Republican lawyers confused Michigan with Minnesota in an election lawsuit they eventually lost

  • Lin Wood, a GOP lawyer allied with President Donald Trump, filed a lawsuit in Georgia to stop its Republican secretary of state, Brad Raffensperger, from certifying the election results.
  • Wood lost the case, and a Georgia lawyer named Andrew Fleischman pointed out that his lawsuit also included an affidavit that appeared to confuse Michigan's election results with Minnesota's.
  • The affidavit was filed by a Texas cybersecurity expert named Russell Ramsland and laid out a number of "statistical anomalies and red flags" that showed Michigan's election results were "manipulated" because the number of votes cast in 19 precincts exceeded the number of registered voters.
  • But the 19 precincts Ramsland listed were in Minnesota, not Michigan. In other words, he "was counting the population of towns in Minnesota, seeing they did not match Michigan towns, and finding fraud," Fleischman wrote.
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A Republican celebrity lawyer allied with President Donald Trump filed a lawsuit in Georgia that confused the states of Michigan and Minnesota.

The lawyer, Lin Wood, is a staunch conservative and asked a court to halt the certification of election results in Georgia, alleging that Georgia's Republican secretary of state, Brad Raffensperger, hurt him as a voter by agreeing to a settlement over signature-matching on ballots in March.

Wood's lawsuit included over a dozen affidavits that his lawyers argued proved his case. But one of those affidavits, filed by a Texas resident and cybersecurity expert named Russell Ramsland, centered entirely on election results in Michigan and not Georgia. More than that, as one Georgia lawyer named Andrew Fleischman pointed out, the Ramsland affidavit appeared to confuse Minnesota (MN) for Michigan (MI).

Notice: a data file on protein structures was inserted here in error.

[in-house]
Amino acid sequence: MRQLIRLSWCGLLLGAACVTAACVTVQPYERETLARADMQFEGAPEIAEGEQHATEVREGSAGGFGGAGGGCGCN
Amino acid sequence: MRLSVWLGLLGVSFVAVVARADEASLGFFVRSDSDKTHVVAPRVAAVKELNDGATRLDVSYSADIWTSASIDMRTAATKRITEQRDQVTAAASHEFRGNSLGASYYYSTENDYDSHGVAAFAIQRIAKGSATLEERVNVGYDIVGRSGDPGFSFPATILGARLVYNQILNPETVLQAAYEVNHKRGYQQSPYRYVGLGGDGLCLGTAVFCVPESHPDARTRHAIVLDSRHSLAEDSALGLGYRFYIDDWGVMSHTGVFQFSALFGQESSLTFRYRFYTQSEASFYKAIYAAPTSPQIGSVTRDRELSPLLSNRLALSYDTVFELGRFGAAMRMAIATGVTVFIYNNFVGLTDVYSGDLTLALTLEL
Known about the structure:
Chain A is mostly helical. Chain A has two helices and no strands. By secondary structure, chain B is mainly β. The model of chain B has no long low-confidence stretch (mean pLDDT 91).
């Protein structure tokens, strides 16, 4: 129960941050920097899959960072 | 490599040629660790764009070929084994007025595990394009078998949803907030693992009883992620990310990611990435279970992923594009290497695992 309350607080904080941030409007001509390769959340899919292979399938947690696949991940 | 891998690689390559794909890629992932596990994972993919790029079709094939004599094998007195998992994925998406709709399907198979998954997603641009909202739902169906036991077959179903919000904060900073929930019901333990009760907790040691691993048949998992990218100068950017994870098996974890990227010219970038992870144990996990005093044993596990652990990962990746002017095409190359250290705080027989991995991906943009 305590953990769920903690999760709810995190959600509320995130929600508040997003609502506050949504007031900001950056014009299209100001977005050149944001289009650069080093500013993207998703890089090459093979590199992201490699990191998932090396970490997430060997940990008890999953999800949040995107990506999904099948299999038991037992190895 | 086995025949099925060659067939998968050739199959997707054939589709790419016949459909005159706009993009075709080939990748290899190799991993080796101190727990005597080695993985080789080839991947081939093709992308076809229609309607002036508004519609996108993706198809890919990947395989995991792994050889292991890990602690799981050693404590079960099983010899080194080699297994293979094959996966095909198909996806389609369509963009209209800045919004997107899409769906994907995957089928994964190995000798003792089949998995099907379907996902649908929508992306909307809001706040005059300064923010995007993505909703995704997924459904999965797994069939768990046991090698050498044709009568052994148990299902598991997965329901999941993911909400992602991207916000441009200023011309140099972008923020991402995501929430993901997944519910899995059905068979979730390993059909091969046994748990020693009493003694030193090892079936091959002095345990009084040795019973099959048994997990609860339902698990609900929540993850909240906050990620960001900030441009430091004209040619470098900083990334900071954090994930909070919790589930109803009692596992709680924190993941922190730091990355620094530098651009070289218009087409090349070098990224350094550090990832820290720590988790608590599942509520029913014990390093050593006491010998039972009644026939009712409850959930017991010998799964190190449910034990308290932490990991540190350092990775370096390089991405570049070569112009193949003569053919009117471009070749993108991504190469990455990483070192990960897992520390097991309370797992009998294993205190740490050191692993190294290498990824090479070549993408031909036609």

Ramsland highlighted a number of "statistical anomalies and red flags" that he claimed proved "that election results have been manipulated within the Dominion/Premier system in Michigan." Specifically, he said he discovered 19 precincts in Michigan where the number of votes cast in the general election exceeded the number of registered voters in the county.

But Ramsland had confused precincts in Minnesota with those in Michigan. In other words, he "was counting the population of towns in Minnesota, seeing they did not match Michigan towns, and finding fraud," Fleischman wrote.

US District Judge Steven Grimberg, who was appointed by President Donald Trump, dismissed Wood's lawsuit on Thursday, saying, "To halt the certification at literally the eleventh hour would breed confusion and disenfranchisement that I find have no basis in fact and law."

"It is well established that garden-variety election disputes do not rise to the level of a constitutional deprivation," Grimberg ruled. "The fact that his candidate didn't win doesn't rise to the level of harm."

Wood said on Twitter Thursday that he would appeal the decision. On Thursday evening, Georgia completed its risk-limiting audit, in which election officials did a hand recount of the more than five million paper ballots that were cast in the election.

The final tally showed that President-elect Joe Biden received 49.5% of the vote and President Donald Trump received 49.3%, cementing Biden's Georgia's win by more than 12,000 votes and ensuring he will get the state's 16 Electoral College votes. Raffensperger is set to certify the results on Friday.

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